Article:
ἵνα ἀφῇ ἡμῖν τὰς ἁμαρτίας
( purposed for the sure result ) he forgives us from all sins.
καὶ καθαρίσῃ ἡμᾶς ἀπὸ πάσης ἀδικίας.
and cleanses us from all unrighteousness.
ἐὰν εἴπωμεν ὅτι οὐχ ἡμαρτήκαμεν,
If we say that we have not sinned,
ψεύστην ποιοῦμεν αὐτὸν
We make him out to be a liar
καὶ ὁ λόγος αὐτοῦ οὐκ ἔστιν ἐν ἡμῖν.
And his word is not in us.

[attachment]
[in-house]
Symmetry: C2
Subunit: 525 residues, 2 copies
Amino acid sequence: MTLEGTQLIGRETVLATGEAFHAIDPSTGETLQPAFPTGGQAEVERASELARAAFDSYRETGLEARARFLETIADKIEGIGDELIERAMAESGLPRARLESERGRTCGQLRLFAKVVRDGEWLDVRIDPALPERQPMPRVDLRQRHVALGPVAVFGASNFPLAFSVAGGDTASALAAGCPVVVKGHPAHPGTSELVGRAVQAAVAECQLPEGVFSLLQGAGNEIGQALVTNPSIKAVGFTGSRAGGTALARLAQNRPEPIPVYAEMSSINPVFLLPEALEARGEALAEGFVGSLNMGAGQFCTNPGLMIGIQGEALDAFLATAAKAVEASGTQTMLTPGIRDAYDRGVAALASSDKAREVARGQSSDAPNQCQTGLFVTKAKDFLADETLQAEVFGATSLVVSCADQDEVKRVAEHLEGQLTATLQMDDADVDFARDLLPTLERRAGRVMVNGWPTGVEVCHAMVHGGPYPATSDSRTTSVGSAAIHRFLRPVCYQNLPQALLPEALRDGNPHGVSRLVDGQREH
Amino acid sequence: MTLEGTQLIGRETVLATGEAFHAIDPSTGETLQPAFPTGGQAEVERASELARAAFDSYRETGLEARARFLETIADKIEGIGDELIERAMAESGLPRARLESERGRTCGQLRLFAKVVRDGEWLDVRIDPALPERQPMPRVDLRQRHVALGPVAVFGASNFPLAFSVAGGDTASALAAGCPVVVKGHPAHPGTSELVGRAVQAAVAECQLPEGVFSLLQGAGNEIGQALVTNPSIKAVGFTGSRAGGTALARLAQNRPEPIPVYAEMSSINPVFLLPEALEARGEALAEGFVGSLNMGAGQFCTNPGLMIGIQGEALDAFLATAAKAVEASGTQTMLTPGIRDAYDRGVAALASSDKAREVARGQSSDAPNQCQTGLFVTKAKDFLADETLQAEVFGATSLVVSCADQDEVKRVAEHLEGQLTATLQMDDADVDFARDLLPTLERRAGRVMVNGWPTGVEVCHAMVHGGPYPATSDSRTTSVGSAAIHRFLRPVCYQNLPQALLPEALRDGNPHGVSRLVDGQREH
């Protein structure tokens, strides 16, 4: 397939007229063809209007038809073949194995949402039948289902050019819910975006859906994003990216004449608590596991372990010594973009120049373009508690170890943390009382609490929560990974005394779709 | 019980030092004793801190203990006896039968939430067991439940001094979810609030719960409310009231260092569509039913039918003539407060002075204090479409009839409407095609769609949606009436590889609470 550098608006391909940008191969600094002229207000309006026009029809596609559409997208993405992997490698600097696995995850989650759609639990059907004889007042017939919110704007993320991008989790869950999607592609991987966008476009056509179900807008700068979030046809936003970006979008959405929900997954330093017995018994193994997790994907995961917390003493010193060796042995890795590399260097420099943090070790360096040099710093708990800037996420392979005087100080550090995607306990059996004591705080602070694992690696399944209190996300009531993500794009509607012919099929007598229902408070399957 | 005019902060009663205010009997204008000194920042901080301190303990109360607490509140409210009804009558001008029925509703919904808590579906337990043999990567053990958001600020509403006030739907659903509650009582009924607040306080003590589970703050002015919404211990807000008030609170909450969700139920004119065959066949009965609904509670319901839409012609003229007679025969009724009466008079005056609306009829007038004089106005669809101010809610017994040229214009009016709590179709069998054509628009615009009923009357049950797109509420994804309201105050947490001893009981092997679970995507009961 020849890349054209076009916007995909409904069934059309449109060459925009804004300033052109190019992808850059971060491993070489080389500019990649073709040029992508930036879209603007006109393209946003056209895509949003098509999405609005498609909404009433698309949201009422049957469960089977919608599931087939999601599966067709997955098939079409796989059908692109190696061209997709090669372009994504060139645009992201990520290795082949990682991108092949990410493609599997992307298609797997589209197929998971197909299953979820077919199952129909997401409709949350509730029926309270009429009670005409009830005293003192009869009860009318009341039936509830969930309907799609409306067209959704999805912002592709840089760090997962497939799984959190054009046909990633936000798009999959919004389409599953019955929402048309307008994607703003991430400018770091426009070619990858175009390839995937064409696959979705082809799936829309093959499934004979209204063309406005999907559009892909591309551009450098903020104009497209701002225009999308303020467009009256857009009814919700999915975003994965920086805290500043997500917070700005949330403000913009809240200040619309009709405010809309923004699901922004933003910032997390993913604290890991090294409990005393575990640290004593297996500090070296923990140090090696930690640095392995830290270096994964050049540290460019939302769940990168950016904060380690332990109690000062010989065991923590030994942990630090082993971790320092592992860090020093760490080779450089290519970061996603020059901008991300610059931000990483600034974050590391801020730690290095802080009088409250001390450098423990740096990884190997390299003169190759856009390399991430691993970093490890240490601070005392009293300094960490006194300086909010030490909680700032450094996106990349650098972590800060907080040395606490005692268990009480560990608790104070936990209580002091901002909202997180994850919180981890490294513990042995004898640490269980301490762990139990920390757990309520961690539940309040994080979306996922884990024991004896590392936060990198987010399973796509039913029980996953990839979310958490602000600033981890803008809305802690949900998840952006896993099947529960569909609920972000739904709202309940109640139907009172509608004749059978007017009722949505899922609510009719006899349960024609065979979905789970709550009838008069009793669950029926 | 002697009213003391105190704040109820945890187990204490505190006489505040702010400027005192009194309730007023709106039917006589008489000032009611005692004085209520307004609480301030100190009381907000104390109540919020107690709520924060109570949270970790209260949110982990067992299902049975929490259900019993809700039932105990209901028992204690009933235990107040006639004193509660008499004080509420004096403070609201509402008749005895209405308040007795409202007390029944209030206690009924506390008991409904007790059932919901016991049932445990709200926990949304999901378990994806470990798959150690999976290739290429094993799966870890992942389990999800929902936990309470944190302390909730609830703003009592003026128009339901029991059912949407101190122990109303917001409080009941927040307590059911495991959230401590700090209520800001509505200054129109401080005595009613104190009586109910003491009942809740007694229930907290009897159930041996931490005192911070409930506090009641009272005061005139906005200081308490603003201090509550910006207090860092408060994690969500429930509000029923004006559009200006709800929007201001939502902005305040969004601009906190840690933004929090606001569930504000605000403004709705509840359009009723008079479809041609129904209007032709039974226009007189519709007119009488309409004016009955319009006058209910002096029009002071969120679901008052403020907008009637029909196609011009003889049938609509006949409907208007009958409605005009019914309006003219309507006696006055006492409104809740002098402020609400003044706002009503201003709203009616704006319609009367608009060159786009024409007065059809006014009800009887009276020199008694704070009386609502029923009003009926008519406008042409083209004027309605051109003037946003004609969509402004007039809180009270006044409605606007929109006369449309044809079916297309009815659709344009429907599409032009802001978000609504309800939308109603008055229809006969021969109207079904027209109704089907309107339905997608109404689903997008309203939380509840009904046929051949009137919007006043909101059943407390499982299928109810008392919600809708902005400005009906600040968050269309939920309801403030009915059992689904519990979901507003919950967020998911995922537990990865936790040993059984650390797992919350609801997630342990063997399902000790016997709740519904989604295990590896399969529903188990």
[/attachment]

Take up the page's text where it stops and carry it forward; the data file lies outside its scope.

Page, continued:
The gospel, which the apostles have witnessed with their physical senses in Jesus, both in the deeds he did ("we saw") and the message he proclaimed ("and heard"), this they too proclaim (verses 1-4). And what is their message? "God is light and in him is no darkness whatsoever!" This seems like an unusual place to start his gospel message. Yet John seems to see the gospel grounded most basically from this fundamental truth. Why does he ground it so simply in a statement about the nature of God? By way of explanation, he gives us a series of alternative statements. The first set: If we claim fellowship, yet walk contrary to the light of God, we lie . On the other hand, if we walk in light as he is in the light , then: We have fellowship with one another And we are cleansed from sin on the basis of the blood of Christ. First , note that while we strive to walk in the light, it is compared to God being perpetually in the light. He is restating his main gospel point: God does not simply walk in light as we do, straying in and out of it, he is in fact, the light. Our being in the light is being in him. Second , he is stating the problem at hand, which develops why he grounds the gospel message with God's light: some are not in the light! Third , it seems strange to interject fellowship with one another rather than with God as the result of walking in the light. The previous clause seems to lead us to expect that: "if we claim fellowship with God..." Therefore, we understand two things: This clarifies what it is to walk in the light—what it looks like. We cannot spurn our brothers and expect to be counted among those walking in the light. Our behavior towards others is a window into our relationship with God. It is an effect of it. John has already stated that their (the witnesses of Christ) fellowship is with the Father and his son. Therefore fellowship with one another includes fellowship with God. The second set is a triplet: a positive example sandwiched by two negative examples. If we say we don't sin , we lead ourselves astray and don't possess truth. If we confess the sin we do have , he is faithful and just and will forgive an d cleanse us . If we say we haven't sinned , we make him a liar and we don't possess his word . This is a restatement of the same problem. John cements it: We are all sinners. Claiming to be without sin only widens the breach. Moreover, by this he helps clarify again what it is to walk in the light: confess your sin! Paul gives wonderful color to this thought in Eph 5:11–14: Take no part in the unfruitful works of darkness, but instead expose them. 12 For it is shameful even to speak of the things that they do in secret. 13 But when anything is exposed by the light, it becomes visible, 14 for anything that becomes visible is light. Therefore it says, “Awake, O sleeper, and arise from the dead, and Christ will shine on you.” The message of hope is that Christ has made it possible to be cleansed from the darkness of sin and enabled us to walk with God in the light! Confession of sin is the pathway to this, through which we are made to walk in fellowship with God and with one another.